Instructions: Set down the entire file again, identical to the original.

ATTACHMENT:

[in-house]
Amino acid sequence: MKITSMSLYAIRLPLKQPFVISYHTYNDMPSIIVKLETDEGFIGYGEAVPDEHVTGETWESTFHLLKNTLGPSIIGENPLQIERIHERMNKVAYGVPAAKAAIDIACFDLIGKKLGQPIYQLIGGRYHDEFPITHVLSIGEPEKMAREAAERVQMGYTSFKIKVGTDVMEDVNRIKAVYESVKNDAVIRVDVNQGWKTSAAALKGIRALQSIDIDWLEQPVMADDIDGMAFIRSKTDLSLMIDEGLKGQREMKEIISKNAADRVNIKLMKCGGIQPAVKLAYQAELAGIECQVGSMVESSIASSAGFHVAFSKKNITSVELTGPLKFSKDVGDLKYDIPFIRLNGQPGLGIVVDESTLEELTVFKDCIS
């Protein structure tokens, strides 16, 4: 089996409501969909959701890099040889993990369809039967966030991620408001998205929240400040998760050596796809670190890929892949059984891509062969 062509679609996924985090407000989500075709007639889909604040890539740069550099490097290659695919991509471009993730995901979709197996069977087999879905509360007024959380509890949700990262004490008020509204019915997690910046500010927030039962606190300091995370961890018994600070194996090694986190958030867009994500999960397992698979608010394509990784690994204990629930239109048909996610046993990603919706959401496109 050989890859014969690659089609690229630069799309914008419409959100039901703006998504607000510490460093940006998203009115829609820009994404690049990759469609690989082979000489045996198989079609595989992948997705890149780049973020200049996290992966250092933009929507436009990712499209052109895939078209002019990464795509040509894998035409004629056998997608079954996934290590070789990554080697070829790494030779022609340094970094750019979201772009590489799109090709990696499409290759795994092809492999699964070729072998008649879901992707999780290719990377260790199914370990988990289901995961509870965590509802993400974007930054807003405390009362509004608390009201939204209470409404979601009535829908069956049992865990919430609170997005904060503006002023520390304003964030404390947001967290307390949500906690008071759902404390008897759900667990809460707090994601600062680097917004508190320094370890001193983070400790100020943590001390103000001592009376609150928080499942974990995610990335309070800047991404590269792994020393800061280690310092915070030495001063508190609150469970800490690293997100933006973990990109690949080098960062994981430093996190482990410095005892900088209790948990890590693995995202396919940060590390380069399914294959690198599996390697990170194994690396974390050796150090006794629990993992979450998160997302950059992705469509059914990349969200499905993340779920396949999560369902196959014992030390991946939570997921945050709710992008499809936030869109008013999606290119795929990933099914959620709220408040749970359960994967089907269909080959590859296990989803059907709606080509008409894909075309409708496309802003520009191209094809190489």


[in-house]
Amino acid sequence: MKITSMSLYAIRLPLKQPFVISYHTYNDMPSIIVKLETDEGFIGYGEAVPDEHVTGETWESTFHLLKNTLGPSIIGENPLQIERIHERMNKVAYGVPAAKAAIDIACFDLIGKKLGQPIYQLIGGRYHDEFPITHVLSIGEPEKMAREAAERVQMGYTSFKIKVGTDVMEDVNRIKAVYESVKNDAVIRVDVNQGWKTSAAALKGIRALQSIDIDWLEQPVMADDIDGMAFIRSKTDLSLMIDEGLKGQREMKEIISKNAADRVNIKLMKCGGIQPAVKLAYQAELAGIECQVGSMVESSIASSAGFHVAFSKKNITSVELTGPLKFSKDVGDLKYDIPFIRLNGQPGLGIVVDESTLEELTVFKDCIS
């Protein structure tokens, strides 16, 4: 089996409501969909959701890099040889993990369809039967966030991620408001998205929240400040998760050596796809670190890929892949059984891509062969 062509679609996924985090407000989500075709007639889909604040890539740069550099490097290659695919991509471009993730995901979709197996069977087999879905509360007024959380509890949700990262004490008020509204019915997690910046500010927030039962606190300091995370961890018994600070194996090694986190958030867009994500999960397992698979608010394509990784690994204990629930239109048909996610046993990603919706959401496109 050989890859014969690659089609690229630069799309914008419409959100039901703006998504607000510490460093940006998203009115829609820009994404690049990759469609690989082979000489045996198989079609595989992948997705890149780049973020200049996290992966250092933009929507436009990712499209052109895939078209002019990464795509040509894998035409004629056998997608079954996934290590070789990554080697070829790494030779022609340094970094750019979201772009590489799109090709990696499409290759795994092809492999699964070729072998008649879901992707999780290719990377260790199914370990988990289901995961509870965590509802993400974007930054807003405390009362509004608390009201939204209470409404979601009535829908069956049992865990919430609170997005904060503006002023520390304003964030404390947001967290307390949500906690008071759902404390008897759900667990809460707090994601600062680097917004508190320094370890001193983070400790100020943590001390103000001592009376609150928080499942974990995610990335309070800047991404590269792994020393800061280690310092915070030495001063508190609150469970800490690293997100933006973990990109690949080098960062994981430093996190482990410095005892900088209790948990890590693995995202396919940060590390380069399914294959690198599996390697990170194994690396974390050796150090006794629990993992979450998160997302950059992705469509059914990349969200499905993340779920396949999560369902196959014992030390991946939570997921945050709710992008499809936030869109008013999606290119795929990933099914959620709220408040749970359960994967089907269909080959590859296990989803059907709606080509008409894909075309409708496309802003520009191209094809190489």